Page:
use heat lamps to help heal sports injuries. IR is also used for short-range communications, for example between mobile phones, or for the Dolby Screentalk headset system used in some cinemas.
Because every object gives off IR waves, we can use them to "see in the dark".
for weapons sometimes use a sensitive IR detector.
Apart from remote controls, one of the most common modern uses for IR is in the field of security.
" (PIR) detectors are used in
systems, and to control the security lighting that many people have fitted outside their houses. These detect the Infra-Red emitted by people and animals.
Weather forecasters use satellite
pictures to see what's heading our way. Some of the images they use are taken using IR cameras, because they show cloud and rain patterns more clearly.
We use light to see things! As the
sends so much light towards our planet, we've evolved to make use of those particular wavelengths in order to sense our environment.
Light waves can also be made using a
. This works differently to a
, and produces "coherent" light.
Lasers are used in Compact Disc & DVD players, where the light is reflected from the tiny pits in the disc, and the pattern is detected and translated into sound or data.
Lasers are also used in laser
, and in
aircraft weapon aiming systems
When you mark your possessions with a
security marker pen
, the ink is invisible unless you shine a UV lamp at it.
Ultraviolet rays can be used to
. Hospitals use UV lamps to
sterilize surgical equipment
and the air in operating theaters.
Food and drug
companies also use UV lamps to sterilize their products.
Suitable doses of Ultraviolet rays cause the body to
produce vitamin D
, and this is used by doctors to treat vitamin D deficiency and some skin disorders
Uses for UV light include getting a
detecting forged bank notes
in shops, and hardening some types of
You also see
UV lamps in clubs
, where they make your clothes glow. This happens because substances in washing powder "fluoresce" when UV light strikes them - they absorb the UV and then re-radiate the energy at a longer wavelength. The lamps are sometimes called "
" because we can't see the UV coming from them.
are used by doctors to see inside people. The
are managed by a trained x-ray technician. They pass easily through soft tissues, but not so easily through bones. We send a beam of X-Rays through the patient and onto a piece of film, which goes dark where X-Rays hit it. This leaves white patches on the film where the bones were in the way.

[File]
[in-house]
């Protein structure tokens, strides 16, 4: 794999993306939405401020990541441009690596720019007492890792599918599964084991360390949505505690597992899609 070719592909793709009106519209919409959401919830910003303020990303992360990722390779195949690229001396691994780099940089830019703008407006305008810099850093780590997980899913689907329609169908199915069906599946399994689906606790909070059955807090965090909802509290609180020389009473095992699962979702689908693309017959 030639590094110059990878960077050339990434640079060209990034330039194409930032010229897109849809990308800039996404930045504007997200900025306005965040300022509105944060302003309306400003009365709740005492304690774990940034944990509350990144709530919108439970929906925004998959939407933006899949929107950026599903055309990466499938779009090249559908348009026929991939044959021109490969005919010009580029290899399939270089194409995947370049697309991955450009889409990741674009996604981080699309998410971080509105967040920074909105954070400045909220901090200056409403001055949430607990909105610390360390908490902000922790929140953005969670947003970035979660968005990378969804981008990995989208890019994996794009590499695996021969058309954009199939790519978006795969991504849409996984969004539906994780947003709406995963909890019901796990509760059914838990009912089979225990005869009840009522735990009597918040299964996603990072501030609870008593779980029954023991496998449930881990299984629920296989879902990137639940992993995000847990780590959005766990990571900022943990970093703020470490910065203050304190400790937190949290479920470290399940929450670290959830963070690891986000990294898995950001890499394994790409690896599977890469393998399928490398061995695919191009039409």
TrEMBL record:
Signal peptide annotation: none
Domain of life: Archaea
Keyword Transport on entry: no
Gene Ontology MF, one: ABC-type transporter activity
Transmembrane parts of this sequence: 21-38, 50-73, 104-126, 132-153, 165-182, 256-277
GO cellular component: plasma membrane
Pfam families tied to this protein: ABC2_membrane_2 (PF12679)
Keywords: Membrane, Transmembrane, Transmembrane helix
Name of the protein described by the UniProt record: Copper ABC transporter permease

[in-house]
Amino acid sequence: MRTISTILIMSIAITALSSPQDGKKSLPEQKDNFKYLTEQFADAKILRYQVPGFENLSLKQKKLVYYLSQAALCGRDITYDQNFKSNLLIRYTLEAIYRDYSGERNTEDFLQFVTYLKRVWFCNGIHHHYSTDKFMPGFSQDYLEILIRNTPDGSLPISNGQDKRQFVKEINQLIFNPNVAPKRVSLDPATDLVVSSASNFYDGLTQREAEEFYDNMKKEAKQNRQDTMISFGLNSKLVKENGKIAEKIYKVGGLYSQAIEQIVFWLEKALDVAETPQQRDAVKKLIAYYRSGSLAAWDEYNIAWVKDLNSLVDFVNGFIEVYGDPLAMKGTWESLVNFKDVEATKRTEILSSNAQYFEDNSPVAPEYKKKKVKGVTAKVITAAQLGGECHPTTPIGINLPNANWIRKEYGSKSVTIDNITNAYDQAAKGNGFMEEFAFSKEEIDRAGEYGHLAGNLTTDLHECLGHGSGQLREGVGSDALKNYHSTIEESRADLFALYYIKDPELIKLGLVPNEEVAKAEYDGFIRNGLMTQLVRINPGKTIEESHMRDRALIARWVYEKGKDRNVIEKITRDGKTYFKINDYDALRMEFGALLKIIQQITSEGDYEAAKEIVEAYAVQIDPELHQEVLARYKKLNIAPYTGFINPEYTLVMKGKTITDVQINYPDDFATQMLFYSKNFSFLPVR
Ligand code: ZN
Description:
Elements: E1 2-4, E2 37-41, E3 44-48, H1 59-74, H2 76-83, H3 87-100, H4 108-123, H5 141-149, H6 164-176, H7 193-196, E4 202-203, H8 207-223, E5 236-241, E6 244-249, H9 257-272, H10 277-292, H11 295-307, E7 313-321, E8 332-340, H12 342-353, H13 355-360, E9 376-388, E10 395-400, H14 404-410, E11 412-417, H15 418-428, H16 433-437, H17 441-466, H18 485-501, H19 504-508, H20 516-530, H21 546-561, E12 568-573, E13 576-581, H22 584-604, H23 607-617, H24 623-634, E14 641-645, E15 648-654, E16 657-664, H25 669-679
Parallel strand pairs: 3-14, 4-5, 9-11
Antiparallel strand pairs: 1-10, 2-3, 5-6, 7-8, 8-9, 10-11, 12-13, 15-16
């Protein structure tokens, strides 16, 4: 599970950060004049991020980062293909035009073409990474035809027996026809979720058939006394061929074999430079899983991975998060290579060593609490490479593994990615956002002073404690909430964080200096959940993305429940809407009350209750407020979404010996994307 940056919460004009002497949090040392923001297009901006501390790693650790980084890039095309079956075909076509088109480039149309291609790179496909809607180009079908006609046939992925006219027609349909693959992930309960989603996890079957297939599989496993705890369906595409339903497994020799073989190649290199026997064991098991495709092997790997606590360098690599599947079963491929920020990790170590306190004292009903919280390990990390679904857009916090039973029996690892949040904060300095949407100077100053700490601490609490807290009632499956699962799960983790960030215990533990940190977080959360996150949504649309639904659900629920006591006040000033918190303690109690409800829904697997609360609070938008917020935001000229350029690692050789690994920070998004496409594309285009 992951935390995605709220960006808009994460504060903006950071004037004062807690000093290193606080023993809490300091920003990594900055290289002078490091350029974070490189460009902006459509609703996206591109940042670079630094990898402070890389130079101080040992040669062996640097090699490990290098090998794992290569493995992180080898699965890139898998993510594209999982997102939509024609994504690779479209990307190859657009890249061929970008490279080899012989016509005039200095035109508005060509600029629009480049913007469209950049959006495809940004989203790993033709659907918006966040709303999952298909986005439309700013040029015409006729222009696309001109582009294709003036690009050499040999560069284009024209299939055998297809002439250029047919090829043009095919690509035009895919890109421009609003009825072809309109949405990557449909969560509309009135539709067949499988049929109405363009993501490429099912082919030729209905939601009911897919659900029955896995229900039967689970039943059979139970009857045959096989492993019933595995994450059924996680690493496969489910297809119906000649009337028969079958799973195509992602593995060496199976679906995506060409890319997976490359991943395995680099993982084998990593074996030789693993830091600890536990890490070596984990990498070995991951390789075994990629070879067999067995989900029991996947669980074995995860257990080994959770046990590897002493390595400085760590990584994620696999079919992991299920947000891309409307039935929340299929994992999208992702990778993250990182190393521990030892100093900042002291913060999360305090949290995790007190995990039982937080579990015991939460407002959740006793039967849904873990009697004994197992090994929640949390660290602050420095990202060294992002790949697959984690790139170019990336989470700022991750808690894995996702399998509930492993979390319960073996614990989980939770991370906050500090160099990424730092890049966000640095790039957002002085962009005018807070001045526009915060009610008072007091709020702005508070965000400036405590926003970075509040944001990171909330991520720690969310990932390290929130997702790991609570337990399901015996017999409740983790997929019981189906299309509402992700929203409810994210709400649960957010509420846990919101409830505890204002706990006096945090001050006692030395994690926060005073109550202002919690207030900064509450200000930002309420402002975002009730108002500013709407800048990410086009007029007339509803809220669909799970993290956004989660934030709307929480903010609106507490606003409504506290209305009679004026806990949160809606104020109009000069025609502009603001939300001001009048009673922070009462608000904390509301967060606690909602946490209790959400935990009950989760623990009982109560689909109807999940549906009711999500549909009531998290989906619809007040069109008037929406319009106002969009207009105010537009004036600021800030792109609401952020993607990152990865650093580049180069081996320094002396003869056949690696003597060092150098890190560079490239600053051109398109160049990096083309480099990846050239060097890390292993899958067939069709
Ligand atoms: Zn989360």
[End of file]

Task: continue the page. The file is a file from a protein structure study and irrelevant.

X-Rays are also used in
airport security checks
, to see inside your luggage. They are also used by astronomers - many objects in the universe emit X-rays, which we can detect using suitable radio telescopes.
Lower energy X-Rays don't pass through tissues as easily, and can be used to scan soft areas such as the brain
Because Gamma rays
can kill living cells
, they are used to kill cancer cells without having to resort to difficult surgery.
This is called "
", and works because cancer cells can't repair themselves like healthy cells can when damaged by gamma rays. Getting the dose right is very important!
There's also targeted radiotherapy, where a radioactive substance is used to kill cancer cells - but it's a substance that'll be taken up by a specific part of the body, so the rest of the body only gets a low dose. An example would be using radioactive iodine to treat cancer in the thyroid gland.
Gamma rays kill microbes, and are used to sterilise food so that it will keep fresh for longer.
This is known as "irradiated" food.
Gamma rays are also used to sterilise medical equipment.
THE DANGERS OF EM SPECTRUM WAVES
of radio waves are believed to cause
Prolonged exposure to microwaves is known to cause "
" in your eyes, which is a clouding of the lens, preventing you from seeing clearly (if at all!) So
don't make a habit of pressing your face against
the microwave oven door to see if your food's ready!
Recent research indicates that microwaves from
can affect parts of your brain - after all, you're holding the transmitter right by your head. Other research is inconclusive, although there is a feeling that you're more
and your brain is still growing.
The danger to people from too much Infra-Red radiation is very simple -
Too much light can
damage the retina
in your eye.
This can happen when you look at something very bright, such as the Sun.
Although the damage can heal, if it's too bad it'll be permanent.
Ultra Violet Light
Large doses of UV can
the retina in your eyes, so it's important to check that your sunglasses will block UV light.
Large doses of UV cause
and even skin cancer. Fortunately, the ozone layer in the Earth's atmosphere screens us from most of the UV given off by the Sun. Think of a
as a radiation burn!
X-Rays can cause
cell damage and cancers
This is why Radiographers in hospitals stand behind a shield when they X-ray their patients. Although the dose is not enough to put the patient at risk, they take many images each day and could quickly build up a dangerous dose themselves.
Gamma rays cause
and can cause a variety of
in growing tissues, so unborn babies are especially vulnerable.
Roldan, Lean Dennis
Natsci 4 (Physics)